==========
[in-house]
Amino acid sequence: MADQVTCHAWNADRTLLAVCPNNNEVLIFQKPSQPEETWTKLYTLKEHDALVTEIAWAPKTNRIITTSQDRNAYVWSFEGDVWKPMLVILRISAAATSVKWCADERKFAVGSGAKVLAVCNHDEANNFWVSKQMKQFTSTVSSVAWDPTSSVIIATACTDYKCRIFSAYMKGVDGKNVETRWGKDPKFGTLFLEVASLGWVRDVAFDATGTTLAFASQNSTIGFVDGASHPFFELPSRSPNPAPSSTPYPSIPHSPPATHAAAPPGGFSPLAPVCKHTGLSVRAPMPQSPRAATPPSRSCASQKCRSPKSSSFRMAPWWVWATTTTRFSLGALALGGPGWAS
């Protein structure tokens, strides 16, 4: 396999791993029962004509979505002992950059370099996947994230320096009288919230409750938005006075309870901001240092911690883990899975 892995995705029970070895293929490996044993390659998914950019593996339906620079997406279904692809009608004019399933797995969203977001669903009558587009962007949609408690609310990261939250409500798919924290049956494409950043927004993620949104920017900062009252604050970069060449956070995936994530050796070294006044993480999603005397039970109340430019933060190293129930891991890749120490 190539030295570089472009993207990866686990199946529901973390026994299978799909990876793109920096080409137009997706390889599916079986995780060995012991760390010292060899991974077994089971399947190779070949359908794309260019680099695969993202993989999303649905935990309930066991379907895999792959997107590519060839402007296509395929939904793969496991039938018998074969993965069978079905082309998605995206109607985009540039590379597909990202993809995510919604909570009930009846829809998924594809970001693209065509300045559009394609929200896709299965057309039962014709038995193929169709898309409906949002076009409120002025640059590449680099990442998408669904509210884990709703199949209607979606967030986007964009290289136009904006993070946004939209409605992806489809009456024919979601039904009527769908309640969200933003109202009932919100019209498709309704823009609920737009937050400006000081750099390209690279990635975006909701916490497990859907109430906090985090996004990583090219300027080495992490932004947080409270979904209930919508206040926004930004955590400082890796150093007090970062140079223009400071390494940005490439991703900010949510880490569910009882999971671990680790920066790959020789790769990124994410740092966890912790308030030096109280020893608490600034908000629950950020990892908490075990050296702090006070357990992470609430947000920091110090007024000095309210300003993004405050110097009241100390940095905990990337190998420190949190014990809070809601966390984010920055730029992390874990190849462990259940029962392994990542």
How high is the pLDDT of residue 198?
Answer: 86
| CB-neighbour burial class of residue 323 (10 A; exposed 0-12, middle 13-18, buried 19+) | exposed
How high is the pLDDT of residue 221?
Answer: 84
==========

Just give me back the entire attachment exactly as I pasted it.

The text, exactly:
[in-house]
Amino acid sequence: MADQVTCHAWNADRTLLAVCPNNNEVLIFQKPSQPEETWTKLYTLKEHDALVTEIAWAPKTNRIITTSQDRNAYVWSFEGDVWKPMLVILRISAAATSVKWCADERKFAVGSGAKVLAVCNHDEANNFWVSKQMKQFTSTVSSVAWDPTSSVIIATACTDYKCRIFSAYMKGVDGKNVETRWGKDPKFGTLFLEVASLGWVRDVAFDATGTTLAFASQNSTIGFVDGASHPFFELPSRSPNPAPSSTPYPSIPHSPPATHAAAPPGGFSPLAPVCKHTGLSVRAPMPQSPRAATPPSRSCASQKCRSPKSSSFRMAPWWVWATTTTRFSLGALALGGPGWAS
């Protein structure tokens, strides 16, 4: 396999791993029962004509979505002992950059370099996947994230320096009288919230409750938005006075309870901001240092911690883990899975 892995995705029970070895293929490996044993390659998914950019593996339906620079997406279904692809009608004019399933797995969203977001669903009558587009962007949609408690609310990261939250409500798919924290049956494409950043927004993620949104920017900062009252604050970069060449956070995936994530050796070294006044993480999603005397039970109340430019933060190293129930891991890749120490 190539030295570089472009993207990866686990199946529901973390026994299978799909990876793109920096080409137009997706390889599916079986995780060995012991760390010292060899991974077994089971399947190779070949359908794309260019680099695969993202993989999303649905935990309930066991379907895999792959997107590519060839402007296509395929939904793969496991039938018998074969993965069978079905082309998605995206109607985009540039590379597909990202993809995510919604909570009930009846829809998924594809970001693209065509300045559009394609929200896709299965057309039962014709038995193929169709898309409906949002076009409120002025640059590449680099990442998408669904509210884990709703199949209607979606967030986007964009290289136009904006993070946004939209409605992806489809009456024919979601039904009527769908309640969200933003109202009932919100019209498709309704823009609920737009937050400006000081750099390209690279990635975006909701916490497990859907109430906090985090996004990583090219300027080495992490932004947080409270979904209930919508206040926004930004955590400082890796150093007090970062140079223009400071390494940005490439991703900010949510880490569910009882999971671990680790920066790959020789790769990124994410740092966890912790308030030096109280020893608490600034908000629950950020990892908490075990050296702090006070357990992470609430947000920091110090007024000095309210300003993004405050110097009241100390940095905990990337190998420190949190014990809070809601966390984010920055730029992390874990190849462990259940029962392994990542």
How high is the pLDDT of residue 198?
Answer: 86
| CB-neighbour burial class of residue 323 (10 A; exposed 0-12, middle 13-18, buried 19+) | exposed
How high is the pLDDT of residue 221?
Answer: 84